Eartha White's Clara White Mission during the late 1980s. Courtesy of City of Jacksonville Historic Preservation Office.

With Eartha White, a Jacksonville-born humanitarian, Gilmore expresses how “she had done so much in this town.” The Lavilla mission she started that housed numerous people  almost disappeared in the early nineties, but thankfully still exists today. “She stayed there and the place was full of the people she was helping. She didn't go home, but stayed right there with the others. They have her bedroom just like it was when she was alive. To stand there in that room is pretty chilling. You’re standing in a sacred place.”
On the other hand, Ottis Toole, a pyromaniac, took it upon himself to destroy around thirty or so homes  by fire in the Springfield area, burning his memory into the history of Jacksonville. One story of Toole’s burning history stems from a house on East 2nd street that used to be a boarding house: “Early 1980’s Ottis Toole set the house on fire and an old man named George Sonnenberg died in the house. I talked to this woman who was in the house that George Sonnenberg died in,” says Gilmore. “She was fifteen years old at the time. She and her teenaged husband were staying at the house during the time Toole set it on fire. They jumped from the second floor window and she broke her back. There are so many stories that are around that haven’t been told. There are people willing to talk about them. It’s pretty fascinating.”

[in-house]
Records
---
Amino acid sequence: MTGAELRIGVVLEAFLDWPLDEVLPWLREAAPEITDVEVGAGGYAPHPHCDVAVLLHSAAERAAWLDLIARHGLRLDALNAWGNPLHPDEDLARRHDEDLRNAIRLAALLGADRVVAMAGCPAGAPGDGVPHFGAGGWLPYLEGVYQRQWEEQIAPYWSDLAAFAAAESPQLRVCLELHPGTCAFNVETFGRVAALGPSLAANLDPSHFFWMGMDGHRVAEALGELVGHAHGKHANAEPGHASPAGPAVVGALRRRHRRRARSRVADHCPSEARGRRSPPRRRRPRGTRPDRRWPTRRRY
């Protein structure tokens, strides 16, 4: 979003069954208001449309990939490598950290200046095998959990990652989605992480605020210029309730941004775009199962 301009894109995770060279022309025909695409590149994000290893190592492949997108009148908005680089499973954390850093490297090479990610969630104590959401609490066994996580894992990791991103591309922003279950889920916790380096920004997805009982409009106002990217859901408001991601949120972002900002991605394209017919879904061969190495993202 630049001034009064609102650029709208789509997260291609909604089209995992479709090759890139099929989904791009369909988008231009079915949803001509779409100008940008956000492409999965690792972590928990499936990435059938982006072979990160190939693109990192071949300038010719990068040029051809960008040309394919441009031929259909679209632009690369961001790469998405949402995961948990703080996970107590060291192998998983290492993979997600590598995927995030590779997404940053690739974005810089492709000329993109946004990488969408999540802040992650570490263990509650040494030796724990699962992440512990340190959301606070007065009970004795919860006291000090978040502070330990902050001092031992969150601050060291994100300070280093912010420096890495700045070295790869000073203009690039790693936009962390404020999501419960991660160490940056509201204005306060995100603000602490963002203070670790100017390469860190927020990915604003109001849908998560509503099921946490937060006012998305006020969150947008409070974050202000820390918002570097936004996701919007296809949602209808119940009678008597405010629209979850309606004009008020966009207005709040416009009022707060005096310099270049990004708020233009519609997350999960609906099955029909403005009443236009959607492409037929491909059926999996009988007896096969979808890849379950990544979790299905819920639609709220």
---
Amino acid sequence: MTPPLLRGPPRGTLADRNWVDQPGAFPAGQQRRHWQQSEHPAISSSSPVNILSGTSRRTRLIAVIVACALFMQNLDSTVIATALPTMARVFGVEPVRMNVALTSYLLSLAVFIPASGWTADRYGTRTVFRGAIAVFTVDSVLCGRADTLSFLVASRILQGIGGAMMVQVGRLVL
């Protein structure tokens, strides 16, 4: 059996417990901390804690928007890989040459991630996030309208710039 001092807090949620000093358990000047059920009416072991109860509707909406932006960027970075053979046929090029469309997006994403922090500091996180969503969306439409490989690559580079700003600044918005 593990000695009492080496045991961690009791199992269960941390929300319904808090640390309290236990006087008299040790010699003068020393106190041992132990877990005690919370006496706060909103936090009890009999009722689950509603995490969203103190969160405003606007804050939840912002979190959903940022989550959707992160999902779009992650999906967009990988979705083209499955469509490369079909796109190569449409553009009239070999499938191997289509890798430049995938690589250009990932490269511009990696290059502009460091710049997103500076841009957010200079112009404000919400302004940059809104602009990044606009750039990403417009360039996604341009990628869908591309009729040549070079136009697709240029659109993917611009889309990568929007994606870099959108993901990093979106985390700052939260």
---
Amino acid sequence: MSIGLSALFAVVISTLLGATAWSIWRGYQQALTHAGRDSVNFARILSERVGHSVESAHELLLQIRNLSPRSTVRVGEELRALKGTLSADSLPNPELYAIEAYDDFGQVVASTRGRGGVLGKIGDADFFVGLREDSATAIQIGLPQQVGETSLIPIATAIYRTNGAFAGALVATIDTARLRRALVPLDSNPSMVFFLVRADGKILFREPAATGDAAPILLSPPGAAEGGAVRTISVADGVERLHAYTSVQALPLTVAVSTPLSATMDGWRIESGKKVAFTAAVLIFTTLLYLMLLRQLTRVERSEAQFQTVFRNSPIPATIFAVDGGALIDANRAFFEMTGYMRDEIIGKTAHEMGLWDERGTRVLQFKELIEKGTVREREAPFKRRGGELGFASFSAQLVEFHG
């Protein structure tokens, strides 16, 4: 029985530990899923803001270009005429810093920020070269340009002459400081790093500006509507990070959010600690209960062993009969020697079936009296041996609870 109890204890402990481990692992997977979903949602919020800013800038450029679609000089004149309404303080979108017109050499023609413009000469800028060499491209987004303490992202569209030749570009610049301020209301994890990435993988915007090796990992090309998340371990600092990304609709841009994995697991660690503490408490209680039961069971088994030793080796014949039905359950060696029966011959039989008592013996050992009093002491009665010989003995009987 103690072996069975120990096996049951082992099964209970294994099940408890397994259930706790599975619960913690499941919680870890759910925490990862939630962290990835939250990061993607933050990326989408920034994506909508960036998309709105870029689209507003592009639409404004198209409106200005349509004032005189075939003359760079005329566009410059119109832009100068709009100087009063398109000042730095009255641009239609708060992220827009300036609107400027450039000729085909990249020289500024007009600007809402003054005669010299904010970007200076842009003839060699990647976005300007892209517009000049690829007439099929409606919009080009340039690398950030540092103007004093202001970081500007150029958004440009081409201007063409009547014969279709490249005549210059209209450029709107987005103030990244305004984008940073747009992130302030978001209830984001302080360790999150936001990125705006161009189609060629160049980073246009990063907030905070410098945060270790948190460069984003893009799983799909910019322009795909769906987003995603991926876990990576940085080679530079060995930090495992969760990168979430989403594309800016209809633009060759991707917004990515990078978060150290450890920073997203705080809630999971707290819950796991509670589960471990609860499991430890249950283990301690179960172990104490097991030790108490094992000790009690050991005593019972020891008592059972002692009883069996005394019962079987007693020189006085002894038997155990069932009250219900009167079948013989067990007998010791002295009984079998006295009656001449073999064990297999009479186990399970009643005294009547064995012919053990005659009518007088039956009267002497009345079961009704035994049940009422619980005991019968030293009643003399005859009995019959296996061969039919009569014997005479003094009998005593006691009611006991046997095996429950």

These stories are fascinating enough to Dr. Gilmore that he becomes obsessed with them, his reasoning for writing the books: “As soon as I’m done with one I have other ideas to start.” Which includes a book to be released next fall titled Mad Atlas of Virginia King, an eccentric woman of Jacksonville who lived in about twenty different places in Riverside.

 Dr. Gilmore says it is his obsession for discovering these vivid characters of Jacksonville’s history that drives the motivating force to write his novels, but I believe it is due to the responsibility he speaks of for Jacksonville to know it’s own history: “I think one of Jacksonville’s main problems is that it really doesn’t know itself. It’s a town that long has had an inferiority complex. It’s also a town that doesn’t like to look in the mirror.” Gilmore calls upon artists, especially writers to help change that: “Writers have a real responsibility to try to be some kind of or present some kind of consciousness. This town needs to get  to know itself. I’d love to help it do that.” Gilmore in part is helping along with other writers of Jacksonville to help change the view of this city. Through this group of writers, Jax by Jax, Gilmore “hopes it is changing.” As long as Gilmore continues to obsess over Jacksonville’s history and accompanied by other native writers, then this city shall finally face itself and learn from its past in hopes for a better city tomorrow.

Dr. Tim Gilmore

Jax by Jax is a literary festival focused on "Jacksonville Writers Writing Jacksonville". The first event featured 15 writers in nine venues and brought out about 500 people.

Article by Major Stephenson